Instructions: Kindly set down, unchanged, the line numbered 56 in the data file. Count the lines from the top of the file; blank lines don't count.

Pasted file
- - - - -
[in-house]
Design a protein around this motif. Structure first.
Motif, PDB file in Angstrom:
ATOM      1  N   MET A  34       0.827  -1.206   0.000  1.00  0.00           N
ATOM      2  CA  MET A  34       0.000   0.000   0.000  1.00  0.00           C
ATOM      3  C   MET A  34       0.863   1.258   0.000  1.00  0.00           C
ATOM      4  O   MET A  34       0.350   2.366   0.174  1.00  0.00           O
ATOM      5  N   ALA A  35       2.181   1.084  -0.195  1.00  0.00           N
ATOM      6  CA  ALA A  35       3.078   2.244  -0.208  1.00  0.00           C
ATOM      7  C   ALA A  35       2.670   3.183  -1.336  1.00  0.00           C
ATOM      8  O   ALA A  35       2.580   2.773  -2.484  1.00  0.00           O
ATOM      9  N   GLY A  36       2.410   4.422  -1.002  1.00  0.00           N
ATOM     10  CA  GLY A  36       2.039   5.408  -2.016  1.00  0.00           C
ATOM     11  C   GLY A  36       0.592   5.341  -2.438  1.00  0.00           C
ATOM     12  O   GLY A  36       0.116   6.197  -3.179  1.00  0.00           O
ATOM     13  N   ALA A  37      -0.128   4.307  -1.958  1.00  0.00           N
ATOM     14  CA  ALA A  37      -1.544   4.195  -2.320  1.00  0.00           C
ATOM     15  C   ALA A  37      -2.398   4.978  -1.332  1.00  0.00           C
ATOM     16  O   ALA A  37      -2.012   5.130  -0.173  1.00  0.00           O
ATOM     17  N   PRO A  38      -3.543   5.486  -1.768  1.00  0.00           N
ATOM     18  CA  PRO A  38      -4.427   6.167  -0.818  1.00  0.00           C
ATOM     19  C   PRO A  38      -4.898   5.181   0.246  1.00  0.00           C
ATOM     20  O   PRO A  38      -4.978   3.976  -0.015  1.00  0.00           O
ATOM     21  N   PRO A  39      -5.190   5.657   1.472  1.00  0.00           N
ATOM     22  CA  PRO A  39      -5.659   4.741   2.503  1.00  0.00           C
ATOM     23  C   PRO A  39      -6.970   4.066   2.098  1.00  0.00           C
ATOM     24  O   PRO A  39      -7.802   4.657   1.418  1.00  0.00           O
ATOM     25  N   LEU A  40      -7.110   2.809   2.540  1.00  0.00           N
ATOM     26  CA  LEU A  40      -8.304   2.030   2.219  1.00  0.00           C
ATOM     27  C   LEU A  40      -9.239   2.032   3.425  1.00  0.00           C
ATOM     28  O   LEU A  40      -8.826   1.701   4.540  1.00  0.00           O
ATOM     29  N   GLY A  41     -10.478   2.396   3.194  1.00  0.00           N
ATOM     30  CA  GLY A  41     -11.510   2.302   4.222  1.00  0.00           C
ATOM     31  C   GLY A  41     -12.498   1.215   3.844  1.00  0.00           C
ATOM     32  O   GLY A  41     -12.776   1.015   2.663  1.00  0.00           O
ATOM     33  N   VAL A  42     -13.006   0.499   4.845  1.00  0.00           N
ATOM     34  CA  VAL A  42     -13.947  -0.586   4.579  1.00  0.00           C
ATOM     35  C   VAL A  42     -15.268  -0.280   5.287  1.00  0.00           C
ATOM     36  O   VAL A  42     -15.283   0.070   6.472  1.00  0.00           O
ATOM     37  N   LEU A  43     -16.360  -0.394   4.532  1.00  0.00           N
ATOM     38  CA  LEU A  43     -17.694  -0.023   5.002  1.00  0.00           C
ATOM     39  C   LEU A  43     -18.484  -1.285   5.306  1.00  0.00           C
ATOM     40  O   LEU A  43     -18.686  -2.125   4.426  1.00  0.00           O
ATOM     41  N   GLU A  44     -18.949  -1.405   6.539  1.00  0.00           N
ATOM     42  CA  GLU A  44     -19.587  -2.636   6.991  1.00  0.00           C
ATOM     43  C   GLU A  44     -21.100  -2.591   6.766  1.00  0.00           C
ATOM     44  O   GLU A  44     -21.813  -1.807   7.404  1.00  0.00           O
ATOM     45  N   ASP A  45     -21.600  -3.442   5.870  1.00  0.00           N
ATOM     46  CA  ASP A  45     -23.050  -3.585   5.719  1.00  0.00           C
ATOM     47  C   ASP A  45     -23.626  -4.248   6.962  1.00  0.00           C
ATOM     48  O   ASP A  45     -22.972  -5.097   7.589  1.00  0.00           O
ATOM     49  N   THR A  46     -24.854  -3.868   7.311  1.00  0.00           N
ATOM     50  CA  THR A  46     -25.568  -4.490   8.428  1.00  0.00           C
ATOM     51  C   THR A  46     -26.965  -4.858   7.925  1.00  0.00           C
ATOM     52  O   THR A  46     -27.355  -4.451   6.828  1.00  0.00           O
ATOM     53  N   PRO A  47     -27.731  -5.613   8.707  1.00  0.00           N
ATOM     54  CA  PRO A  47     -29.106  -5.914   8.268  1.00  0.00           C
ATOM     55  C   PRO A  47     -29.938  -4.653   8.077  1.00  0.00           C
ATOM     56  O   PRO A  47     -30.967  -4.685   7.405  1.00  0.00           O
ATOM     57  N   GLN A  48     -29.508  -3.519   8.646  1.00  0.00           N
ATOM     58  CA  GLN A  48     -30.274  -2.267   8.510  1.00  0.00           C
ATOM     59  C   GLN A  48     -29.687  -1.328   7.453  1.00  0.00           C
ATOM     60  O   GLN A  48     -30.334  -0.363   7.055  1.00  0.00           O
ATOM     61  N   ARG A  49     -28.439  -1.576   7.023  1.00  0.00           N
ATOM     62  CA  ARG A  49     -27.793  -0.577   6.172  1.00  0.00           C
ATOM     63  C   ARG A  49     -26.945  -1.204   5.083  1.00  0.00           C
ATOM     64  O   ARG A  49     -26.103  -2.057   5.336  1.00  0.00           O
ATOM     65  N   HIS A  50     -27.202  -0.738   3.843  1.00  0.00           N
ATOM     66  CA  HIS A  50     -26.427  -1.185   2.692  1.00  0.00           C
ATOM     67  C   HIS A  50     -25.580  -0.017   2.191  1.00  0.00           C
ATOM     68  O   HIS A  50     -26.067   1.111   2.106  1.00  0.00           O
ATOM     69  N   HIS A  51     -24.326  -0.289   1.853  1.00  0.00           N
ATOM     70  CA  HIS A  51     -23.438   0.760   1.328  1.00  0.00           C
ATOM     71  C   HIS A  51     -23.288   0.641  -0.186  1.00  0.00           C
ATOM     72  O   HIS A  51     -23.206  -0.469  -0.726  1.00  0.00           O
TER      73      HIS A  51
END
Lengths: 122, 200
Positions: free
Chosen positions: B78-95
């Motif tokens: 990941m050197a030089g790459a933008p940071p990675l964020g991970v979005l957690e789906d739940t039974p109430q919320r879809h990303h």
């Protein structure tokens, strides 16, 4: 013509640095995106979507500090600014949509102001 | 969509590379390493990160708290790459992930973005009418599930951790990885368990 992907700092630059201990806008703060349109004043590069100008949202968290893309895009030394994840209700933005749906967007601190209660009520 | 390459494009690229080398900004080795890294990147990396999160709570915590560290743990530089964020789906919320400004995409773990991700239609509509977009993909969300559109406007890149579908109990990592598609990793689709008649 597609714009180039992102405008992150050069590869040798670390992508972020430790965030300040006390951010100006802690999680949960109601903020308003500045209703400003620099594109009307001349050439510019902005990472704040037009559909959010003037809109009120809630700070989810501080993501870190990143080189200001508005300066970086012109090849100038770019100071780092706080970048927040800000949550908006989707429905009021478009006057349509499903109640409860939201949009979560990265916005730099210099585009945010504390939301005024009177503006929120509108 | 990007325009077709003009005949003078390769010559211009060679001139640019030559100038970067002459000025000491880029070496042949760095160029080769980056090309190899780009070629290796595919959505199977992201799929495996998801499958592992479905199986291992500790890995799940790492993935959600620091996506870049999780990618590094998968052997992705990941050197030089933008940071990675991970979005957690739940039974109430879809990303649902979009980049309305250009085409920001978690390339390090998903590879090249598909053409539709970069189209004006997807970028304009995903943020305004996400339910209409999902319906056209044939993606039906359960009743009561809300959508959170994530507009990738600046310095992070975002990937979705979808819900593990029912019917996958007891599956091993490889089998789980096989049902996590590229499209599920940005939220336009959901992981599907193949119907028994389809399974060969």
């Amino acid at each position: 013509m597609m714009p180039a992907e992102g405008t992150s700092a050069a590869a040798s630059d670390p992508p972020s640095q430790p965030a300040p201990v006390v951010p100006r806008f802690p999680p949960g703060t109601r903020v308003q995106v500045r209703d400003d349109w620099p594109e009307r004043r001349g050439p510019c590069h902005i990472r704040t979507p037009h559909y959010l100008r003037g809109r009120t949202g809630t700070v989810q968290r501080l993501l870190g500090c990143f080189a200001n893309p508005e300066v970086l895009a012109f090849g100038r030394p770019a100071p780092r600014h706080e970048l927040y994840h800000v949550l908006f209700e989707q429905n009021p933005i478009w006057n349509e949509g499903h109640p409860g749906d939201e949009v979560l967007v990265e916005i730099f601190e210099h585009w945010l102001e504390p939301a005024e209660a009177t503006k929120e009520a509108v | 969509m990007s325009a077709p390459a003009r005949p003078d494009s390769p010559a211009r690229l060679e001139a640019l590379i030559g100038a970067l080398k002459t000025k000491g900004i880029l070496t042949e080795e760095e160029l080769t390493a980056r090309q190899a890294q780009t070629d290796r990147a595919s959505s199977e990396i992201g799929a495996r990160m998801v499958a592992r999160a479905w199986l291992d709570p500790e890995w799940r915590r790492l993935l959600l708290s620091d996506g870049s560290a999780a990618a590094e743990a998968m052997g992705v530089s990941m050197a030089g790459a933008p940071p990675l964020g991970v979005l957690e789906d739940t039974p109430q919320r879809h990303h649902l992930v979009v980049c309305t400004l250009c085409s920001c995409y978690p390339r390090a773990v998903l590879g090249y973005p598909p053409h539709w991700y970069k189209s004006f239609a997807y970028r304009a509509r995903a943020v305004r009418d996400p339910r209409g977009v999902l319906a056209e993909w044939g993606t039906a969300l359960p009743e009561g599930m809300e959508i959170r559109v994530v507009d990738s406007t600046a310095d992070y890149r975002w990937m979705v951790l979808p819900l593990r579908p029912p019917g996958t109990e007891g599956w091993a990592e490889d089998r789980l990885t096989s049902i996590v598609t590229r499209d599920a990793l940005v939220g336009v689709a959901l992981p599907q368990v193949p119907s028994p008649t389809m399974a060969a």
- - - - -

ATOM     53  N   PRO A  47     -27.731  -5.613   8.707  1.00  0.00           N